These words are by no means interchangeable, so in the interests of both being clearly understood and preserving one’s credibility, it is beneficial to know which is which, and how to use them confidently at the right times

Bought is the past tense of buy. If you buy something, you have bought it. 

Brought is the past tense of bring.  If you bring something home, you have brought it home. 
Note: neither ‘brang’ nor ‘brung’ is standard English. 

The easy way to remember which is which is that there is an r in bring and brought, but not in buy or bought. That makes pairing the correct words much easier. 

Easily Confused Words: Bought vs Brought
#grammar #English #explanation

Grawlix.

Grawlix is an unusual word that most people haven’t heard of, although they’ve probably seen grawlixes many times before. 

A grawlix is a combination of symbols— most commonly the ones above the numbers on the keyboard— used in place of a offensive language in comics, cartoons and illustrations. It works as a visual, rather than verbal, euphemism.

The term was coined in the 60s by Mort Walker , the creator of the comic strip Beetle Bailey, although the practice had already been in use long before it was given a name.The grawlix is a clever and very effective way to express emotions like anger or frustration without actually offending anyone or causing problems with editors and censors. 

An alternative term that has been suggested is the obscenicon, which is very clever but doesn’t seem to be getting a lot of traction. Time will tell, as it always does when it comes to words and language. 

Somehow, grawlix just sounds more evocative and kind of sweary in itself.

Sources:
Lexico
Merriam-Webster
Grammarphobia

 Grawlix.
#language #words #swearing #interesting #language #blogpost

Asterisk.

The asterisk is the handy little star symbol* that we use to indicate that there is more information attached to something, to denote the existence of a footnote, to add emphasis to a word or point of notice, or to blank out letters in offensive words that we don’t want to type or write in full. 

The word asterisk means ‘little star’ and has been used as a noun since the late 14th century— well before the invention of the printing press— while the verb form “to asterisk something” was first recorded in 1733. 

Asterisk comes to use from Latin via Greek, but actually goes back to Proto-Indo-European roots, which is about as far back as any language or individual words can be traced. The PIE root *ster- is the source of the words for star in numerous languages including Hittite, Sanskrit, Greek, Latin and, thus, English.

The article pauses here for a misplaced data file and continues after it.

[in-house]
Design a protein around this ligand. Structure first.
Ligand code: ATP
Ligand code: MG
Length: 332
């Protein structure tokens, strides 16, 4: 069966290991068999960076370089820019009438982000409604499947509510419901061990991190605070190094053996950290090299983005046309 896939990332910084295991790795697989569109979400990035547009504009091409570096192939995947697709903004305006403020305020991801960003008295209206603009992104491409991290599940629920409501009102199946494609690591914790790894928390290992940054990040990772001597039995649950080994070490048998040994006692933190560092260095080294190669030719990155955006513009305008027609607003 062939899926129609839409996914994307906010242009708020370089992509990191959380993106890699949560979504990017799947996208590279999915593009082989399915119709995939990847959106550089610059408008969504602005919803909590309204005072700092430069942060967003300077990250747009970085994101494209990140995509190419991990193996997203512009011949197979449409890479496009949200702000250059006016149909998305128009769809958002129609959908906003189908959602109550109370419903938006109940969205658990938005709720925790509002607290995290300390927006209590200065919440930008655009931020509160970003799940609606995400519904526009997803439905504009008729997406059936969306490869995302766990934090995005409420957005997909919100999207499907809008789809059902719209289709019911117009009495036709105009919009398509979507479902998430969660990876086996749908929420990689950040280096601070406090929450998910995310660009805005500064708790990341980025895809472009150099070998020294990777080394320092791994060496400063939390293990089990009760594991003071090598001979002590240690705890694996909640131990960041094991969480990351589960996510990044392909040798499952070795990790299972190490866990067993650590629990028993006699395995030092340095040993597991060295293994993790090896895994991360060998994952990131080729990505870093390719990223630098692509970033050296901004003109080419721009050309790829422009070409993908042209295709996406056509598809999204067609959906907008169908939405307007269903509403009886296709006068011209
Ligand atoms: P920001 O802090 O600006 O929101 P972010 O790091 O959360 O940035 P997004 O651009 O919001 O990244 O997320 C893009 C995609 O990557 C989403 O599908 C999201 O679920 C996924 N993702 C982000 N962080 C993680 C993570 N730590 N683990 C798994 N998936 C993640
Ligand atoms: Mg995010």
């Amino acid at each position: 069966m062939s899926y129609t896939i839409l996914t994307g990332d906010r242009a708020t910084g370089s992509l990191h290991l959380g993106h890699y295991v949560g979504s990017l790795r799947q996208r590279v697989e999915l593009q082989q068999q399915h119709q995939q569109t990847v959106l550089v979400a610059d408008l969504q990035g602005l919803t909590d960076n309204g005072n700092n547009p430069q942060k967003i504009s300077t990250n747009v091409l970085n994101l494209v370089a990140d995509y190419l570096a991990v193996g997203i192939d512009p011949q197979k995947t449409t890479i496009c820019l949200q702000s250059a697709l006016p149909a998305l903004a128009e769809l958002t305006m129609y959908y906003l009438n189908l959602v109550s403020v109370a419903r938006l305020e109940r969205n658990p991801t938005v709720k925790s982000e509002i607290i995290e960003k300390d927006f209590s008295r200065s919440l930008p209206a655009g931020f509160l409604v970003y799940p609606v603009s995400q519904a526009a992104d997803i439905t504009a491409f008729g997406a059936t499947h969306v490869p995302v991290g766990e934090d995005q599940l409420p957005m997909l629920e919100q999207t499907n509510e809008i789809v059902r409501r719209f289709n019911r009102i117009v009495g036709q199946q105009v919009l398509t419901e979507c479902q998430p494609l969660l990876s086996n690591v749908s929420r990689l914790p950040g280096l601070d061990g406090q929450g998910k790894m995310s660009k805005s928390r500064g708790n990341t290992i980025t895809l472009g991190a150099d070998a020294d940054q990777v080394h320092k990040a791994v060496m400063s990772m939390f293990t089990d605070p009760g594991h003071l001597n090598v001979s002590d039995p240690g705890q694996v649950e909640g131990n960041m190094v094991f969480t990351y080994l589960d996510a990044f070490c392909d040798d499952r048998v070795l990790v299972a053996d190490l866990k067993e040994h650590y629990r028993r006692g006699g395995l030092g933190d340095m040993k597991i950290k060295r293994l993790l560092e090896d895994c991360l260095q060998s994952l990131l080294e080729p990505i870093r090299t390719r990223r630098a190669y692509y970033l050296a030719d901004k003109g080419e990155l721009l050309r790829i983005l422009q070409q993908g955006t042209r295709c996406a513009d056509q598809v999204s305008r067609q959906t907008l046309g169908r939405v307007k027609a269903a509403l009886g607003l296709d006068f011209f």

Therefore, the word asterisk is related to asteroid, aster daisies, disaster, constellation and starfish, among others. It is also a cousin of names such as Esther, Estelle and Stella.**  

More recently, the asterisk also inspired the name of Asterix, the hero of the classic comics by Goscinny and Uderzo. Those books are characteristically full of puns and word play, and the names of Asterix and Obelix are derived from mispronunciations of asterisk and obelisk respectively. 

* located above the 8 on a keyboard
** They are not close cousins, but more like the kind who are jealous of each other because they all want to be the most popular starlet in the family, and only make small talk with one another at family reunions. 

Source: Online Etymology Dictionary

Asterisk
#etymology #words #history #asterisk #language #typography

Tmesis: Abso-flaming-lutely!

Tmesis— pronounced teh-MEE-sis—  is an unusual word that many people will never have heard of, even though it’s the name for something we do frequently and quite naturally.

Tmesis is the name given to that linguistic behaviour by which we divide a word and insert another word into the middle. In the 21st century, the inserted word is often a swear word, but it doesn’t have to be. 

Image by hpgruesen on Pixabay

We do it to add emphasis and increase the strength of what we’re saying. 

The Ancient Greek word temnein meant ‘to cut’, and from that came the word tmesis, which meant ‘cutting’. It refers to the cutting or division of the first word in order to insert the second. 

The practice is centuries old. There are examples of it in Old Irish and Scandinavian poetry, although the earliest written examples of it being used in English only date back to the 1500s. 

Shakespeare used tmesis in a number of his plays:

  • “This is not Romeo, he’s some other where.” — Romeo and Juliet
  • “How heinous ever it be” — Richard II
  • “That man – how dearly ever parted.” — Troilus and Cressida

Tmesis also exists in the poetry of John Donne:


“In what torn ship soever I embark,
That ship shall be my emblem,
What seas soever swallow me, that flood
Shall be to me an emblem of thy blood.” — Hymn to Christ

From these examples, it is clear that the device has always been used to strengthen the idea or emotion being communicated, which is exactly how it’s still used today. 

In Australia, where we seem to love a good swear word and the power it gives our expressions, tmesis is so common that it seems to me to be part of our linguistic identity. Inserting a term such as ‘flaming” or ‘flipping’, or one’s preferred swear word, into words and phrases is a standard part of our speech. From “abso-flaming-lutely’ to “no freaking way!”, Australians have made tmesis their own without ever knowing that it was a literary device or that it has a name. 

Tmesis: Abso-flaming-lutely!